• What Successful Agile Team Facilitators Know

    Written By: Marsha Acker, CPF

    If you work with an agile team, possibly as the Scrum Master or Product Owner and you are frequently in the role of facilitating agile meetings – sprint planning, retrospective, release planning, etc., what do you need to make the meeting successful? Here are five things that an agile team facilitator knows before going into a meeting.

    1.) Who does the meeting serve? A meeting should have at least one sponsor (a person or group of people who will be the primary beneficiaries of the outputs of the meeting). Sometimes this may be the person who asked for the meeting. In a retrospective, the team is often the group who will benefit the most from the output, so they become the ‘sponsor’ of the meeting.

    2.) What does “success” looks like? Before the meeting, interview the sponsor and ask them: What will we have accomplished at the end of this meeting that would make it successful? It’s hard to be successful if there isn’t an agreed upon definition about what success will look like. In the case of a retrospective, talk with the team or survey them prior to the meeting to find out what they would like to achieve in the meeting. It can focus your retrospectives, and give you different topics to talk about than just the typical ‘what worked’ and ‘what do we want to keep/change’.

    3.) Who is needed at the meeting? Not everyone who attends each meeting needs to be there and not everyone who needs to be there is always there. This can be a source of great frustration for meeting participants and facilitators and is often a source of dysfunctional behavior in the meeting. Make sure to get clear on who needs to attend and confirm their commitment to attend in advance.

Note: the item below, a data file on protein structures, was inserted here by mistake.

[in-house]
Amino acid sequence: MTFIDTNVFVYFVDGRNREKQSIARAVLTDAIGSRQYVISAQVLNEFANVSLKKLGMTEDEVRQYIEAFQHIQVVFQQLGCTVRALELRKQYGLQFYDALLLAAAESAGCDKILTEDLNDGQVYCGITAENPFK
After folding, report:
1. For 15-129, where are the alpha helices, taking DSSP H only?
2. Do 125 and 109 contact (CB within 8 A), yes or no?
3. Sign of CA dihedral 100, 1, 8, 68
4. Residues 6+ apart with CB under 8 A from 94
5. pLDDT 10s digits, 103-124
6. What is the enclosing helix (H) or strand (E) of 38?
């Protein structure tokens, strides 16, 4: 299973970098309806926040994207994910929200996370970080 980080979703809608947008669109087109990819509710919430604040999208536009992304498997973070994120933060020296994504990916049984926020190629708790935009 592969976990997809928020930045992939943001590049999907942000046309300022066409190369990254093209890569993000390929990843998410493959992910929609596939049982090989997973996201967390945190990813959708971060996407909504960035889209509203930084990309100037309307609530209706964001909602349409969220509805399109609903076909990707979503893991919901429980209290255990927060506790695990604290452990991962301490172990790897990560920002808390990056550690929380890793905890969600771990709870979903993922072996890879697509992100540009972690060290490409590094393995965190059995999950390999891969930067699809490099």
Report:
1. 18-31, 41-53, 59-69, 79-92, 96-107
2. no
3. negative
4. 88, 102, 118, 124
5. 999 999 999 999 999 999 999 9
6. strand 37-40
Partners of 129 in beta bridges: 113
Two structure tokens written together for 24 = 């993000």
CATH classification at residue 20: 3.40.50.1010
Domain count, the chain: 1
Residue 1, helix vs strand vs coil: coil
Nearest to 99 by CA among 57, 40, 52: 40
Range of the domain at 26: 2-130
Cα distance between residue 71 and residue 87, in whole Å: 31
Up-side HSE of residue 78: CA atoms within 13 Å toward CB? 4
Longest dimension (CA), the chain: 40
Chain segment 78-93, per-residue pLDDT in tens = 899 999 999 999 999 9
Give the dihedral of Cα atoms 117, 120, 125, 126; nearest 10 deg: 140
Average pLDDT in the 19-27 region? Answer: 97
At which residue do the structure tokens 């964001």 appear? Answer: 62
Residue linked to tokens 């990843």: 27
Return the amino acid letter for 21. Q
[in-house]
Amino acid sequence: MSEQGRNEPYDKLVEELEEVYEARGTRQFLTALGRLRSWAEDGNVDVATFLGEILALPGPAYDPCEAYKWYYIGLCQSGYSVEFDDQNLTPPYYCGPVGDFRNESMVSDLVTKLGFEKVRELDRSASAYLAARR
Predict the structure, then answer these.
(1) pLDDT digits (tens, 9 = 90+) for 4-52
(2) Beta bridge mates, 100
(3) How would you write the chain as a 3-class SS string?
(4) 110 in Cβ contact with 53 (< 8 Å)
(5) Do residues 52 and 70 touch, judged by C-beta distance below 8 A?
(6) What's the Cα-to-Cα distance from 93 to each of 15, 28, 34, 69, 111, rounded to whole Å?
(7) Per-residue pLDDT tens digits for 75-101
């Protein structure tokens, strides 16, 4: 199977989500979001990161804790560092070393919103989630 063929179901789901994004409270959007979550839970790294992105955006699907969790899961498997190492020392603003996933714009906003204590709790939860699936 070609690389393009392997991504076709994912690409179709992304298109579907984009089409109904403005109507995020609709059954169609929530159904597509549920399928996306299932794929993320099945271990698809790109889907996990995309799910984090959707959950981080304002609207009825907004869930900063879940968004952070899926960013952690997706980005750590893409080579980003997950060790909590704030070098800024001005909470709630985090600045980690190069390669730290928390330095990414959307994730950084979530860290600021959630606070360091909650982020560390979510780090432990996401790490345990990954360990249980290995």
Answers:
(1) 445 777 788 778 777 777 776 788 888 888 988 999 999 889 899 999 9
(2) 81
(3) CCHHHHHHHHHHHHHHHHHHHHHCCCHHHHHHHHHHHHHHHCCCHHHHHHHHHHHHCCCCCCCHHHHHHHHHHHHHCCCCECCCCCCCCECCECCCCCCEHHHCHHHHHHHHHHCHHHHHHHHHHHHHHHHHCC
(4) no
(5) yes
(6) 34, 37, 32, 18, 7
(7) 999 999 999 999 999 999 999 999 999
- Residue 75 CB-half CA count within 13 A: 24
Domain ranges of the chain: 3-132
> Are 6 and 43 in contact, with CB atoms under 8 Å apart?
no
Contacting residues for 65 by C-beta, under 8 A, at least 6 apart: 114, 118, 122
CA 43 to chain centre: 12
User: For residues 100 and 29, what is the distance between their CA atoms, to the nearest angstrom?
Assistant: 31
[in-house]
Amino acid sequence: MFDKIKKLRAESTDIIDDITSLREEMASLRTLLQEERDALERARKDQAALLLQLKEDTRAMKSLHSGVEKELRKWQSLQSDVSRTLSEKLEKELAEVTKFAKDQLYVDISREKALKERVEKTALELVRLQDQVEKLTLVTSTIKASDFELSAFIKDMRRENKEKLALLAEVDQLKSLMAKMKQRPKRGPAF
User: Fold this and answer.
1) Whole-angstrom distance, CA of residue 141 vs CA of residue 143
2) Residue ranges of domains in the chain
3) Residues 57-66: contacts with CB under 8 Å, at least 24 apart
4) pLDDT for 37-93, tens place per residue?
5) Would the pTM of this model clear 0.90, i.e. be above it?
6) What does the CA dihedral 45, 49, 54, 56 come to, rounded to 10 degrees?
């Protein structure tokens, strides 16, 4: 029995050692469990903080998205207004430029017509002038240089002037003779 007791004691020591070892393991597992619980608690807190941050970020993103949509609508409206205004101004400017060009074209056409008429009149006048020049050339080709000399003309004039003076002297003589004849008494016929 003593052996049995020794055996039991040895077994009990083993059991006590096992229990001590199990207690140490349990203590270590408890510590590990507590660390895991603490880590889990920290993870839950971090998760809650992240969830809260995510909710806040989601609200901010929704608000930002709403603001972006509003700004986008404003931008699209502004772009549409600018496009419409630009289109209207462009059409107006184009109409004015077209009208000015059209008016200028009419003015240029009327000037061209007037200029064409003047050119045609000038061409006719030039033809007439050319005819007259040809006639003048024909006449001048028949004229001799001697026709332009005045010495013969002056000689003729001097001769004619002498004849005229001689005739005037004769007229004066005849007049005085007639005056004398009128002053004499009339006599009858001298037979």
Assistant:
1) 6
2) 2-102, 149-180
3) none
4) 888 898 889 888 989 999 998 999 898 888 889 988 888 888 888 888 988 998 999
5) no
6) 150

4.) How will we accomplish the outcomes? Successful group meetings don’t just happen. It requires some level of process design - depending on the desired purpose and outcomes. If the meeting is a daily standup – little to no design may be required – it’s a quick facilitated dialogue. A four hour retrospective to address some challenging team dynamics during the last iteration may require on average about 4- 6 hours of planning and design time. Including interviewing the team, crafting an agenda – a series of questions that will be asked of the group, and designing the facilitator script – the group process (brainstorm, mind mapping, facilitated dialogue, etc.) that you will use to reach each desired outcome. This level of planning gives the facilitator and the participants a clear focus on the purpose of the meeting and keeps everyone on track. Without a clear plan, meetings can quickly start to spin into details or unrelated topics and never reach an outcome or decision.

    5.) The plan will change. As Dwight D. Eisenhower said, “Plans are useless but planning is indispensable”. The facilitator’s script is an excellent tool but it’s good to remember that often the most valuable part is in the creation. Don’t be so tied to your plan that you can’t adapt to what’s happening real time with your team.

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